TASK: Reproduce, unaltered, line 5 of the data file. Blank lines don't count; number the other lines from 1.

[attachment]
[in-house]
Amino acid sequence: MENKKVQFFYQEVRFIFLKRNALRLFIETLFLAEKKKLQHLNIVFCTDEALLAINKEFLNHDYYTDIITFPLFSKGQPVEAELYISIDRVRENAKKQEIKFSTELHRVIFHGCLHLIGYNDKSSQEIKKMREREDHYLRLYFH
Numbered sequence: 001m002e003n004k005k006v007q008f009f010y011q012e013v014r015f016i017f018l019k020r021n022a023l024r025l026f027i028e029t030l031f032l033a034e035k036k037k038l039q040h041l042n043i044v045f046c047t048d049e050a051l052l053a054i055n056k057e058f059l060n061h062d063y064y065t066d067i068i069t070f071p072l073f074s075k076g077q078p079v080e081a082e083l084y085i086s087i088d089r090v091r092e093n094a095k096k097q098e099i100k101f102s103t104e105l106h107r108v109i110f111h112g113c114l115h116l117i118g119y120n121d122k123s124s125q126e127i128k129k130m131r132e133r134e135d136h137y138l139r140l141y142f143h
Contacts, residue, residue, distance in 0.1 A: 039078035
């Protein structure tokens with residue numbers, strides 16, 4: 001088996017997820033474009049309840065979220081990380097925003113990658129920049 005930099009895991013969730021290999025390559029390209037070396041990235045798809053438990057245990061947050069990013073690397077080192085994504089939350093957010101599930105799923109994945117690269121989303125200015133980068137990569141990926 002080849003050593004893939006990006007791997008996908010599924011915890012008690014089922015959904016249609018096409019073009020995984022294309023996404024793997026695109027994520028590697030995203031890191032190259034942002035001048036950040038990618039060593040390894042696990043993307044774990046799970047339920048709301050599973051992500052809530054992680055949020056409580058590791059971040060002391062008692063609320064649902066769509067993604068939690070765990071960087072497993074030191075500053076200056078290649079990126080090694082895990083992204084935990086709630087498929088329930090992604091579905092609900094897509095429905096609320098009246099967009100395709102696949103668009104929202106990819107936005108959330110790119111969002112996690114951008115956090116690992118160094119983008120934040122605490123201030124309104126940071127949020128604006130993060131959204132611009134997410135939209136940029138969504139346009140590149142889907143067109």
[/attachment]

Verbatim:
């Protein structure tokens with residue numbers, strides 16, 4: 001088996017997820033474009049309840065979220081990380097925003113990658129920049 005930099009895991013969730021290999025390559029390209037070396041990235045798809053438990057245990061947050069990013073690397077080192085994504089939350093957010101599930105799923109994945117690269121989303125200015133980068137990569141990926 002080849003050593004893939006990006007791997008996908010599924011915890012008690014089922015959904016249609018096409019073009020995984022294309023996404024793997026695109027994520028590697030995203031890191032190259034942002035001048036950040038990618039060593040390894042696990043993307044774990046799970047339920048709301050599973051992500052809530054992680055949020056409580058590791059971040060002391062008692063609320064649902066769509067993604068939690070765990071960087072497993074030191075500053076200056078290649079990126080090694082895990083992204084935990086709630087498929088329930090992604091579905092609900094897509095429905096609320098009246099967009100395709102696949103668009104929202106990819107936005108959330110790119111969002112996690114951008115956090116690992118160094119983008120934040122605490123201030124309104126940071127949020128604006130993060131959204132611009134997410135939209136940029138969504139346009140590149142889907143067109």